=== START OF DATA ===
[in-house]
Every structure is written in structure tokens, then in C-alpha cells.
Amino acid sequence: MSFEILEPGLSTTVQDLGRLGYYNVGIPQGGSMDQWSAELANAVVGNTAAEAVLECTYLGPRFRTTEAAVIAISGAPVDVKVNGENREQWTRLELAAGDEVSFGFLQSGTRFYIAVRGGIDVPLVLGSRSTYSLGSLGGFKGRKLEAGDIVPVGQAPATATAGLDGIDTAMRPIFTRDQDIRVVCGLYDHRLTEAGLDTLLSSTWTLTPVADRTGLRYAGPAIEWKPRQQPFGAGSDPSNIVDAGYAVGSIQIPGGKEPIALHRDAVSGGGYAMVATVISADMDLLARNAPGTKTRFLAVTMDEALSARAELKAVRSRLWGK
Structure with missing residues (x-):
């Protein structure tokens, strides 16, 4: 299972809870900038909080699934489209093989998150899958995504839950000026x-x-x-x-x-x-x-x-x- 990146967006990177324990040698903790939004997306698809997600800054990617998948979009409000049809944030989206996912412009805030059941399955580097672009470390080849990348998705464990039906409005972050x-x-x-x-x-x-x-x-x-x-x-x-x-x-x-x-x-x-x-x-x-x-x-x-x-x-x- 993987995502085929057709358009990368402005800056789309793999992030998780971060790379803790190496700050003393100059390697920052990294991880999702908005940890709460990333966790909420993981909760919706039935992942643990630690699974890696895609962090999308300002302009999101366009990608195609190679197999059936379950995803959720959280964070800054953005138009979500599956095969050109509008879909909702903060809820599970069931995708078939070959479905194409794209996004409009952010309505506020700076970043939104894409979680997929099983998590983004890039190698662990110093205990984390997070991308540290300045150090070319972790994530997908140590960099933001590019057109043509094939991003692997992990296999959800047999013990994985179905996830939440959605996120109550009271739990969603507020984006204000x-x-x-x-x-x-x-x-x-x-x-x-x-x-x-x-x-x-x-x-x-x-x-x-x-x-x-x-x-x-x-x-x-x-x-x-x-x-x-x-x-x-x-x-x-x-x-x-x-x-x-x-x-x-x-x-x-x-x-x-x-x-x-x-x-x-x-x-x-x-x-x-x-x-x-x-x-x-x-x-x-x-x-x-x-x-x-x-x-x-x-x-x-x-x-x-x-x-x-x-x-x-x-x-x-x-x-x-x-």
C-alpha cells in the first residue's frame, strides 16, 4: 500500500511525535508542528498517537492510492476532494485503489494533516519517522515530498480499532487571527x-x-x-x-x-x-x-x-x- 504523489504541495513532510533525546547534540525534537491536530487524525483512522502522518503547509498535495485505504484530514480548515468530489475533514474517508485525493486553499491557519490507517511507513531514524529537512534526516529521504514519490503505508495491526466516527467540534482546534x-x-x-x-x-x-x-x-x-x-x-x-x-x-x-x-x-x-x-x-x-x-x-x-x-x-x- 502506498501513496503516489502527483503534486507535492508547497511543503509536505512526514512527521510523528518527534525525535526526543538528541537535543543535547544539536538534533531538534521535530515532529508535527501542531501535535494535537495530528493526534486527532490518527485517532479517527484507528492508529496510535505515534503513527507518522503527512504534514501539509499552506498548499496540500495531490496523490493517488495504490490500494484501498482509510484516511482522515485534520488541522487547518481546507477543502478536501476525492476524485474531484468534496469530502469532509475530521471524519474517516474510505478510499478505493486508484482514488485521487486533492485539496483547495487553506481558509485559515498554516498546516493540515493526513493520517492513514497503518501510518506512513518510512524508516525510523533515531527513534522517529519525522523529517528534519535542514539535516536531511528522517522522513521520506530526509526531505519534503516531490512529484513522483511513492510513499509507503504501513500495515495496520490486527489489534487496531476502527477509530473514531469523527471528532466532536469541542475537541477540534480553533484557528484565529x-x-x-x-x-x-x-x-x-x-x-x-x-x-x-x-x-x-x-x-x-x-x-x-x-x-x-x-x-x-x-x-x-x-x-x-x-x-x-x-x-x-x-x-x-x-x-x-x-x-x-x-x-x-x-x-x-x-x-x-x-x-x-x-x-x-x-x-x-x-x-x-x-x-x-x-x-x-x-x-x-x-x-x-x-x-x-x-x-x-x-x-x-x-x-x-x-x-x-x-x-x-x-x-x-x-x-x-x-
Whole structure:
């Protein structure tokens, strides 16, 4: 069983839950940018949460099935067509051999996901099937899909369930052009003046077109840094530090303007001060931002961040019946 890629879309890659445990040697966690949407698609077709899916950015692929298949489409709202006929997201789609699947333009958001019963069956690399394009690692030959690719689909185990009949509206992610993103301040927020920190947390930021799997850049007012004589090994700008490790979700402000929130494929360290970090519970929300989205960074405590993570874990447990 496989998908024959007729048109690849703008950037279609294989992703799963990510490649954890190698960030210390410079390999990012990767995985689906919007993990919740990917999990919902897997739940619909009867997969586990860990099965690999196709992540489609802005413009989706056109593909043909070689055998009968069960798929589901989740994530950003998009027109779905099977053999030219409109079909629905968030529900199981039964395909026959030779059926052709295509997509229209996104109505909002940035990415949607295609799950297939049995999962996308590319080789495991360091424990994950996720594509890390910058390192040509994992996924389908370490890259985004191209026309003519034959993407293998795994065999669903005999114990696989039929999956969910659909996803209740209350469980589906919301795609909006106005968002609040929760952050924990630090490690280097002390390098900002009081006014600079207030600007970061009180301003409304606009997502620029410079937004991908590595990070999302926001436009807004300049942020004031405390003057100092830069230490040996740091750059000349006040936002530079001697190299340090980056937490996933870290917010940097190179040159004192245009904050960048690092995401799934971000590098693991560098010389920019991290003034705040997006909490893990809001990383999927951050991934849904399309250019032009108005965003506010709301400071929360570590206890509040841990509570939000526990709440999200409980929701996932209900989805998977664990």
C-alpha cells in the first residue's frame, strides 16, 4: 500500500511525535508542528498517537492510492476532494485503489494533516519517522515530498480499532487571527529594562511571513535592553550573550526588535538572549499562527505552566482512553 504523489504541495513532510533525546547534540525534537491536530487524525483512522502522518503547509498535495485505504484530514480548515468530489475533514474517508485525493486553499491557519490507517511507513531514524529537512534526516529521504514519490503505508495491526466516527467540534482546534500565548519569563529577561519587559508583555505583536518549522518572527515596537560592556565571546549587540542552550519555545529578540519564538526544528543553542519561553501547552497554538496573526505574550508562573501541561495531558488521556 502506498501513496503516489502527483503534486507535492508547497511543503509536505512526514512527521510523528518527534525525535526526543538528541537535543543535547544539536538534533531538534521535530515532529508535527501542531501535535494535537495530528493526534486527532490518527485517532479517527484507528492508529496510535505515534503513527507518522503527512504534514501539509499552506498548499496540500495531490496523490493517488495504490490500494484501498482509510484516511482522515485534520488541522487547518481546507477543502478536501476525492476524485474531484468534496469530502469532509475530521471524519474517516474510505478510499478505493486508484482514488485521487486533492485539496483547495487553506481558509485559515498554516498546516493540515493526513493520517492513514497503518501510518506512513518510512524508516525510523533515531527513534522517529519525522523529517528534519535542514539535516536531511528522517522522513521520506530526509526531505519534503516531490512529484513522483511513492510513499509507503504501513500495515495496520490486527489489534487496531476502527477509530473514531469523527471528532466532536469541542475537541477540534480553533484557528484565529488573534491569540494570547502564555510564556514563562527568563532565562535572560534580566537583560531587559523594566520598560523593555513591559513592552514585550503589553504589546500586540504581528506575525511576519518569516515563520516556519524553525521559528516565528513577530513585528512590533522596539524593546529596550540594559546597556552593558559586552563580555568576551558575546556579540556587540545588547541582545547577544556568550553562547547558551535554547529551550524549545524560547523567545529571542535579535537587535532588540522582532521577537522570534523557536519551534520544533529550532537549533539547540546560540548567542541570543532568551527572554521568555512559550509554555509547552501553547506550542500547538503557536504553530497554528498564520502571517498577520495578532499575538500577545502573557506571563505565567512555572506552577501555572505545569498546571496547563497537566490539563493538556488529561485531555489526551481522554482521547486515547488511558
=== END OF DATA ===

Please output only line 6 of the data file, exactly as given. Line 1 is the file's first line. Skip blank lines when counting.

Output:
C-alpha cells in the first residue's frame, strides 16, 4: 500500500511525535508542528498517537492510492476532494485503489494533516519517522515530498480499532487571527x-x-x-x-x-x-x-x-x- 504523489504541495513532510533525546547534540525534537491536530487524525483512522502522518503547509498535495485505504484530514480548515468530489475533514474517508485525493486553499491557519490507517511507513531514524529537512534526516529521504514519490503505508495491526466516527467540534482546534x-x-x-x-x-x-x-x-x-x-x-x-x-x-x-x-x-x-x-x-x-x-x-x-x-x-x- 502506498501513496503516489502527483503534486507535492508547497511543503509536505512526514512527521510523528518527534525525535526526543538528541537535543543535547544539536538534533531538534521535530515532529508535527501542531501535535494535537495530528493526534486527532490518527485517532479517527484507528492508529496510535505515534503513527507518522503527512504534514501539509499552506498548499496540500495531490496523490493517488495504490490500494484501498482509510484516511482522515485534520488541522487547518481546507477543502478536501476525492476524485474531484468534496469530502469532509475530521471524519474517516474510505478510499478505493486508484482514488485521487486533492485539496483547495487553506481558509485559515498554516498546516493540515493526513493520517492513514497503518501510518506512513518510512524508516525510523533515531527513534522517529519525522523529517528534519535542514539535516536531511528522517522522513521520506530526509526531505519534503516531490512529484513522483511513492510513499509507503504501513500495515495496520490486527489489534487496531476502527477509530473514531469523527471528532466532536469541542475537541477540534480553533484557528484565529x-x-x-x-x-x-x-x-x-x-x-x-x-x-x-x-x-x-x-x-x-x-x-x-x-x-x-x-x-x-x-x-x-x-x-x-x-x-x-x-x-x-x-x-x-x-x-x-x-x-x-x-x-x-x-x-x-x-x-x-x-x-x-x-x-x-x-x-x-x-x-x-x-x-x-x-x-x-x-x-x-x-x-x-x-x-x-x-x-x-x-x-x-x-x-x-x-x-x-x-x-x-x-x-x-x-x-x-x-